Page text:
• Concerning the claim on stolen property, SLAM responded to the 2011 complaint with a motion to dismiss, asserting that the Mask had entered the U.S. prior to the passage of Egypt’s patrimony law and thus was not stolen from the Egyptian government and that the facts alleged in the complaint were too vague to support a conclusion that it had been ‘stolen’ in the traditional sense. Despite the existence of inventory records, the District Court found that the U.S. government’s complaint failed “to state sufficiently detailed facts to support a reasonable belief that the government will be able to meet its burden of proof at trial.”[24] Indeed, the complaint did not provide a factual statement of theft, smuggling, or clandestine importation, but only that the Mask was found to be “missing” from Egypt.[25] Essentially, correlation does not equal causation. SLAM also reasoned that the case was untimely filed under 19 U.S.C. § 162, and that the U.S. government’s action should be barred by laches.[26]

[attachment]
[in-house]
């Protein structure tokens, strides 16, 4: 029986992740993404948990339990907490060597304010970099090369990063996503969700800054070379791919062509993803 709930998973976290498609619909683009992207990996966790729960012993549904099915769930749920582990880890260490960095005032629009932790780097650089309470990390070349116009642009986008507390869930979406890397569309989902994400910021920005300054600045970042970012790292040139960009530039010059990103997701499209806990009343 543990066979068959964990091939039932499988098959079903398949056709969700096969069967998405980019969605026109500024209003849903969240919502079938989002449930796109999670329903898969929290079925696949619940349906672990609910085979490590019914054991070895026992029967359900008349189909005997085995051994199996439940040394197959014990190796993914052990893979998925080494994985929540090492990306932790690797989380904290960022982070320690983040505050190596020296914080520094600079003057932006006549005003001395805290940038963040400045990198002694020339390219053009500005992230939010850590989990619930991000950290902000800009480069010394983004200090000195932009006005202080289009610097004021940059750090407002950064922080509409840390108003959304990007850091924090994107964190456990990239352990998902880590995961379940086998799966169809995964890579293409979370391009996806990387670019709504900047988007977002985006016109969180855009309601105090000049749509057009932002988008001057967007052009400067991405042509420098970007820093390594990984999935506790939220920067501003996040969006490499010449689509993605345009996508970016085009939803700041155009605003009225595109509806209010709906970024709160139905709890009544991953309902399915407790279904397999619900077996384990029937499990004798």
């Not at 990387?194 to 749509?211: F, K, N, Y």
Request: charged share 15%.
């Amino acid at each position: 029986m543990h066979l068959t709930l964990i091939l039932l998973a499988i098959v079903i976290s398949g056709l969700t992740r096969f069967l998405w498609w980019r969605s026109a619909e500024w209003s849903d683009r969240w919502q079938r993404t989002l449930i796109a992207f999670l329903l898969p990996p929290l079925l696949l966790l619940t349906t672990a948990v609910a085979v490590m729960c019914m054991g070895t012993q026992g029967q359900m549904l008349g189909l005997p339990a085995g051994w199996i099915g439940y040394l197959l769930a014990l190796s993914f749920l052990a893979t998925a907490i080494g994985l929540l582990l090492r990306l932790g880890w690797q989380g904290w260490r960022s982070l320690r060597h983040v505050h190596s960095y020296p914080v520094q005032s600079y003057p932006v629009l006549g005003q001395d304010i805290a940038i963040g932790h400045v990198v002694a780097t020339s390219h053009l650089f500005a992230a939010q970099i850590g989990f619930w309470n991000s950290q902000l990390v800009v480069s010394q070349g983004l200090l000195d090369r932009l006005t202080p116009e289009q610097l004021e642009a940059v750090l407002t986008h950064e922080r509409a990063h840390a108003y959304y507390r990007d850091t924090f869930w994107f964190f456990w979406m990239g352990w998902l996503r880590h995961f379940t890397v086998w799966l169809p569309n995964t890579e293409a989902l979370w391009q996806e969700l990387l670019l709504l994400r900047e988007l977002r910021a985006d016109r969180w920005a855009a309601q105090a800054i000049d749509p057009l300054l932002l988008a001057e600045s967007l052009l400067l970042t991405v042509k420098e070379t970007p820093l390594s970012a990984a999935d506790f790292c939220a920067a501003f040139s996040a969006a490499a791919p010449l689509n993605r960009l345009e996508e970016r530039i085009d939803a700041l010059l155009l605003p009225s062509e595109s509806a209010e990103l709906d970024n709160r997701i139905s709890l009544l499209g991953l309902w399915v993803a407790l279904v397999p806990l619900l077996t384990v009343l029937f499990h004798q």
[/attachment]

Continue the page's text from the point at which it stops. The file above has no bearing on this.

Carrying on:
• The District Court in 2012 found that the U.S. government’s complaint did not provide a “factual statement of theft, smuggling, or clandestine importation,” but only stated that the Mask was missing as of 1973.[27] The U.S. government failed to provide evidence that the Mask was missing because it was stolen and then smuggled out of the country, and thus was making an unfounded legal conclusion.[28] The District Court relied upon Supplemental Rule E (2)(a), which requires that the Government set forth its claims in the complaint “with such particularity that the defendant or claimant will be able, without moving for a more definite statement, to commence an investigation of the facts and to frame a responsive pleading.” Supplemental Rule G (2)(f) requires that the Government “state sufficiently detailed facts to support a reasonable belief that the government will be able to meet its burden of proof at trial.”[29]